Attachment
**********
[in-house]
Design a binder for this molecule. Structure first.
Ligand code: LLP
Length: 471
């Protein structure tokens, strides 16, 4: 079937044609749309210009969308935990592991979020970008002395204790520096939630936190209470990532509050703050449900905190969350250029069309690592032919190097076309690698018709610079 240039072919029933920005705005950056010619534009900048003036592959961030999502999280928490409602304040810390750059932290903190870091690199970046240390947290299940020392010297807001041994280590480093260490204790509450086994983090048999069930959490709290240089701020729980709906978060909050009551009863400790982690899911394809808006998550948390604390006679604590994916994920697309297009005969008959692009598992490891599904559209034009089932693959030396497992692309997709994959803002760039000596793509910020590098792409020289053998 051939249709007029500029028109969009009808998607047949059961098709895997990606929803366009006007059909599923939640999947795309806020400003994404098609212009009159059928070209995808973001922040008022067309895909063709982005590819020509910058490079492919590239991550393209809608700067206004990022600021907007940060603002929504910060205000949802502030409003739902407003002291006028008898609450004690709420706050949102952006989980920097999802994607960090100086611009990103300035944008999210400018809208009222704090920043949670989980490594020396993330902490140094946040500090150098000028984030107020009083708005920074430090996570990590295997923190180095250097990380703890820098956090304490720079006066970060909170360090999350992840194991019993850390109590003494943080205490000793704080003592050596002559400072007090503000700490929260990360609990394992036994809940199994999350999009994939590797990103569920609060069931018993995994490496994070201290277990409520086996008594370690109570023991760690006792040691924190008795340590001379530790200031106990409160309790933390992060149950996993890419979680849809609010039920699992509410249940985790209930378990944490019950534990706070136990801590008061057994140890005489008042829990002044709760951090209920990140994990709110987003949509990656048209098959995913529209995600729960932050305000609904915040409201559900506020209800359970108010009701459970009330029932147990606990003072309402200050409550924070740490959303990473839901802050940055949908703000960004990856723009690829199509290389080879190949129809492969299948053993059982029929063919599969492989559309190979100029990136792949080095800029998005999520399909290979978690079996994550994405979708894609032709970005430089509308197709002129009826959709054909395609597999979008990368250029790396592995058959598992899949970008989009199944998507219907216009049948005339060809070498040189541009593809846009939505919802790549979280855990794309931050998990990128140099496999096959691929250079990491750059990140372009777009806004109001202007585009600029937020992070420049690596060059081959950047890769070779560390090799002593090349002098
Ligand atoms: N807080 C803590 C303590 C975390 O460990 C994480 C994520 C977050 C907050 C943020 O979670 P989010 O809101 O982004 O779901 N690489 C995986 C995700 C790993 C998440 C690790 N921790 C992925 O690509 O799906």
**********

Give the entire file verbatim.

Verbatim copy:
[in-house]
Design a binder for this molecule. Structure first.
Ligand code: LLP
Length: 471
């Protein structure tokens, strides 16, 4: 079937044609749309210009969308935990592991979020970008002395204790520096939630936190209470990532509050703050449900905190969350250029069309690592032919190097076309690698018709610079 240039072919029933920005705005950056010619534009900048003036592959961030999502999280928490409602304040810390750059932290903190870091690199970046240390947290299940020392010297807001041994280590480093260490204790509450086994983090048999069930959490709290240089701020729980709906978060909050009551009863400790982690899911394809808006998550948390604390006679604590994916994920697309297009005969008959692009598992490891599904559209034009089932693959030396497992692309997709994959803002760039000596793509910020590098792409020289053998 051939249709007029500029028109969009009808998607047949059961098709895997990606929803366009006007059909599923939640999947795309806020400003994404098609212009009159059928070209995808973001922040008022067309895909063709982005590819020509910058490079492919590239991550393209809608700067206004990022600021907007940060603002929504910060205000949802502030409003739902407003002291006028008898609450004690709420706050949102952006989980920097999802994607960090100086611009990103300035944008999210400018809208009222704090920043949670989980490594020396993330902490140094946040500090150098000028984030107020009083708005920074430090996570990590295997923190180095250097990380703890820098956090304490720079006066970060909170360090999350992840194991019993850390109590003494943080205490000793704080003592050596002559400072007090503000700490929260990360609990394992036994809940199994999350999009994939590797990103569920609060069931018993995994490496994070201290277990409520086996008594370690109570023991760690006792040691924190008795340590001379530790200031106990409160309790933390992060149950996993890419979680849809609010039920699992509410249940985790209930378990944490019950534990706070136990801590008061057994140890005489008042829990002044709760951090209920990140994990709110987003949509990656048209098959995913529209995600729960932050305000609904915040409201559900506020209800359970108010009701459970009330029932147990606990003072309402200050409550924070740490959303990473839901802050940055949908703000960004990856723009690829199509290389080879190949129809492969299948053993059982029929063919599969492989559309190979100029990136792949080095800029998005999520399909290979978690079996994550994405979708894609032709970005430089509308197709002129009826959709054909395609597999979008990368250029790396592995058959598992899949970008989009199944998507219907216009049948005339060809070498040189541009593809846009939505919802790549979280855990794309931050998990990128140099496999096959691929250079990491750059990140372009777009806004109001202007585009600029937020992070420049690596060059081959950047890769070779560390090799002593090349002098
Ligand atoms: N807080 C803590 C303590 C975390 O460990 C994480 C994520 C977050 C907050 C943020 O979670 P989010 O809101 O982004 O779901 N690489 C995986 C995700 C790993 C998440 C690790 N921790 C992925 O690509 O799906």